Tears and embraces rippled through a crowd of more than 200 Harvard affiliates who gathered at the steps of Memorial Church early Tuesday evening to commemorate the victims of a brutal attack on a gay nightclub in Orlando.
Forty-nine people were killed by a lone gunman at the nightclub Pulse early Sunday morning, marking the largest mass shooting in U.S. history. The vigil at Harvard was somber as those in attendance reflected on the tragedy, and many people called on others to respond to the attack with action, not passivity.
University President Drew G. Faust, speaking at the beginning of the vigil, called the crime “brutal and senseless” and urged the crowd not to “lose sight of the common humanity” in the face of the inhumane.
But while Faust elected for a more muted tone in her remarks, asking Harvard affiliates to address the tragedy through a show of community, some speakers expressed anger and anguish.
History and Literature lecturer Timothy P. McCarthy ’93 said he wanted to find ways to actively address the tragedy.
“I want to figure out how best to speak up, step up, to act up,” McCarthy said.
Jonathan L. Walton, the Pusey Minister of Memorial Church, took the stage last and condemned passivity.
“I want us to be clear about something,” Walton said. “Our purpose here is not a passive one.”
He invited the people gathered at the vigil to fill out multicolored index cards with pledges of the action they would take against incidents like Sunday’s shooting, and to line the steps of Memorial Church with the cards.
In his remarks, Walton slammed the National Rifle Association for what he described as “John Wayne fantasies and insecure masculinities.”
“We will not accept a new norm of one nation under a gun,” Walton said.
University leaders also took to email and social media in the wake of the tragedy to express their sadness over the shooting in Orlando and reach out to students who may have been affected.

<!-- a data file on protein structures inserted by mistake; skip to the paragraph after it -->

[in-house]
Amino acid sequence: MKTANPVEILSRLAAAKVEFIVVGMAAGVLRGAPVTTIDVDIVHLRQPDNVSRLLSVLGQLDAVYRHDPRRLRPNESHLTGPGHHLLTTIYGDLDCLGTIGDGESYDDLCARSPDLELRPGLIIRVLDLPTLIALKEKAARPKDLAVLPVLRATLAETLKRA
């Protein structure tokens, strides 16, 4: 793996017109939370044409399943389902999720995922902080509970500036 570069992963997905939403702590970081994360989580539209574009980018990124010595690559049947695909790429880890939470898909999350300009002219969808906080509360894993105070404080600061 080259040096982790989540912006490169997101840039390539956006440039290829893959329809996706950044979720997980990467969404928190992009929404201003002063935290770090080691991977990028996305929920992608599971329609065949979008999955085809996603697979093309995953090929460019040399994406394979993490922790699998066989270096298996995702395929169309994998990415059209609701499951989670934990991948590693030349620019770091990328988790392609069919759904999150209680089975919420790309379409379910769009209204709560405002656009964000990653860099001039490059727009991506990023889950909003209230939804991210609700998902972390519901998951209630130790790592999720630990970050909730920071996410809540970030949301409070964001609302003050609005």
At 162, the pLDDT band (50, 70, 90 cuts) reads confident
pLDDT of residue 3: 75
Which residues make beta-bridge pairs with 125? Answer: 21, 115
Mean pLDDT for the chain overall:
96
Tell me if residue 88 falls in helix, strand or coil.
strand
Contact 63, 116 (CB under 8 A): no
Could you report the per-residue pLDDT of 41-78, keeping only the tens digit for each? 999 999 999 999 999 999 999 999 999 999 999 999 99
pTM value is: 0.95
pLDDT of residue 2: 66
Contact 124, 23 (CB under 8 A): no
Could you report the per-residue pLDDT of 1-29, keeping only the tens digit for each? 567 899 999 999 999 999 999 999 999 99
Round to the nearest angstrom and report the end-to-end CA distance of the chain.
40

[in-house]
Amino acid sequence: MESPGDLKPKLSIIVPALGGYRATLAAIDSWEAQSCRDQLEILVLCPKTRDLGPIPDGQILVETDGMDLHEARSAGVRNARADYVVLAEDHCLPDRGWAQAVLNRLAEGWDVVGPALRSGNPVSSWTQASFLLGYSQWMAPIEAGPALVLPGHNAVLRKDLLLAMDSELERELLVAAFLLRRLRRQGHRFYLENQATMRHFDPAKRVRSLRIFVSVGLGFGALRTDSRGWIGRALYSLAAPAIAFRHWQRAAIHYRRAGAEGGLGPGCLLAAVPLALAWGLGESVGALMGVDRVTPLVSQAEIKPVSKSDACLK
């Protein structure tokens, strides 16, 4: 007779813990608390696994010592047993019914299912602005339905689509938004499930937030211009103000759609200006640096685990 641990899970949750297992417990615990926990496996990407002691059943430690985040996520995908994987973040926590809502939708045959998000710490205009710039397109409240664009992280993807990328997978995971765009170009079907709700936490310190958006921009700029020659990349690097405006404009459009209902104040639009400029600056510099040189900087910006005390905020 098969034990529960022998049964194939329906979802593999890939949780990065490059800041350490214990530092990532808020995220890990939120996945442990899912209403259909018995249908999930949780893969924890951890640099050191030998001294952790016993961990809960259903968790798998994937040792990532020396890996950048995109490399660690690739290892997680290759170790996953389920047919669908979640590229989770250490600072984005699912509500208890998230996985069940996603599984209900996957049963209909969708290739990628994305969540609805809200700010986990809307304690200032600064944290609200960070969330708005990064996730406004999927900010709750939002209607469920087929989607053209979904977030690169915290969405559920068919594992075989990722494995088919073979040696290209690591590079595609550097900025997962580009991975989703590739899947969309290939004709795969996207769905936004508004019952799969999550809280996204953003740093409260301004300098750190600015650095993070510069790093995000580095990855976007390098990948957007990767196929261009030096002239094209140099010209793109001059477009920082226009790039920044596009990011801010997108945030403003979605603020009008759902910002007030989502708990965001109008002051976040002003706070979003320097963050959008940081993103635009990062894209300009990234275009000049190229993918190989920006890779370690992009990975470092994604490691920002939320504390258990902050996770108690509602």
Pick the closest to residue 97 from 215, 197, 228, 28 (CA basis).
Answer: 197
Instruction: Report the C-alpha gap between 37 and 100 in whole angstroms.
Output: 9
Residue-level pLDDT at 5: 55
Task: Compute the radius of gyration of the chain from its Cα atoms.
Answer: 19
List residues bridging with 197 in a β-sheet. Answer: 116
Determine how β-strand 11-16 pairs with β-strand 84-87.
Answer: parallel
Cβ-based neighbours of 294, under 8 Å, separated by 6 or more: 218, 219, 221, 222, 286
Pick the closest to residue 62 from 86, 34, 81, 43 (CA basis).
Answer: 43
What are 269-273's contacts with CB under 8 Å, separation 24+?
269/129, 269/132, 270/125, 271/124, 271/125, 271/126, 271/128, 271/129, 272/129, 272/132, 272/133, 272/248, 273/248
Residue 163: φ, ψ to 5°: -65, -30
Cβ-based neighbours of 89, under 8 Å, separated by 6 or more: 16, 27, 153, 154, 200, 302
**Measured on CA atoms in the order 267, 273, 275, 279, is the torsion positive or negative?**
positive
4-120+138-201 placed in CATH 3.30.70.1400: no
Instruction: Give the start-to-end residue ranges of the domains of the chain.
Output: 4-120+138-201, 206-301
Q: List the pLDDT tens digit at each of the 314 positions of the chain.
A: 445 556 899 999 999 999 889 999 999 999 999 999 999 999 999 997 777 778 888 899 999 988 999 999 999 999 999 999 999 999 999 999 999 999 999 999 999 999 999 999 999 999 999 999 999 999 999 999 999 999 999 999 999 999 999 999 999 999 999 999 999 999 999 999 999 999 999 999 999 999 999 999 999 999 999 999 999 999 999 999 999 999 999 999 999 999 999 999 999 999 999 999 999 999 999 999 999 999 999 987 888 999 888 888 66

On Monday, Faust released a statement on Twitter offering sympathy to the families affected by the shooting and encouraged followers to read a New York Times article written Harvard fellow, Jim Downs, about the previous largest massacre of gay people that occurred in New Orleans in 1973.
Faculty Deans also sent emails over House lists, reminding students of the campus resources available to for emotional support. The Office of BGLTQ Student Life released a statement expressing support for BGLTQ people of color, noting that the shooting “specifically targeted Latinx BGLTQ people at an event highlighting trans Latinx performers.”
While much of the national public discourse around Sunday’s events has focused on terrorism and gun violence, Dean of the College Rakesh Khurana sought to recenter the discussion on how the tragedy affected the BGLTQ community. In an email to College affiliates Monday, Khurana encouraged students to consider adding hashtags of support in the wake of the tragedy to their online posts.
At the vigil, Khurana joined four other students at the podium to read out the names of the 49 victims of the shooting, many of whom were in their twenties. A long moment of silence followed the tally.
–Staff writer Brandon J. Dixon can be reached at email@example.com Follow him on Twitter @BrandonJoDixon.
Prof. Kuehnemann Reads TomorrowProfessor Kuehnemann will give his second reading from Goethe's "Faust" in Emerson J tomorrow evening at 8 o'clock. The reading
CRIMSON PLAYGOERThe producers of "Camille," now playing at the Metropolitan with Norman Talmadge in the main role, have indeed taken the
The Theatre in BostonTo say that a comedy is always very near to being a tragedy is to make a paradox, and taking
WHAT DOTH IT PROFIT?"In this world there are only two tragedies," wrote Wilde in one of his few epigrams which touched below the
From Manila, With LoveRemember the tender moments, and create more with everyone you encounter. For every hateful act, there will be a thousand good ones as long as we continue sending love.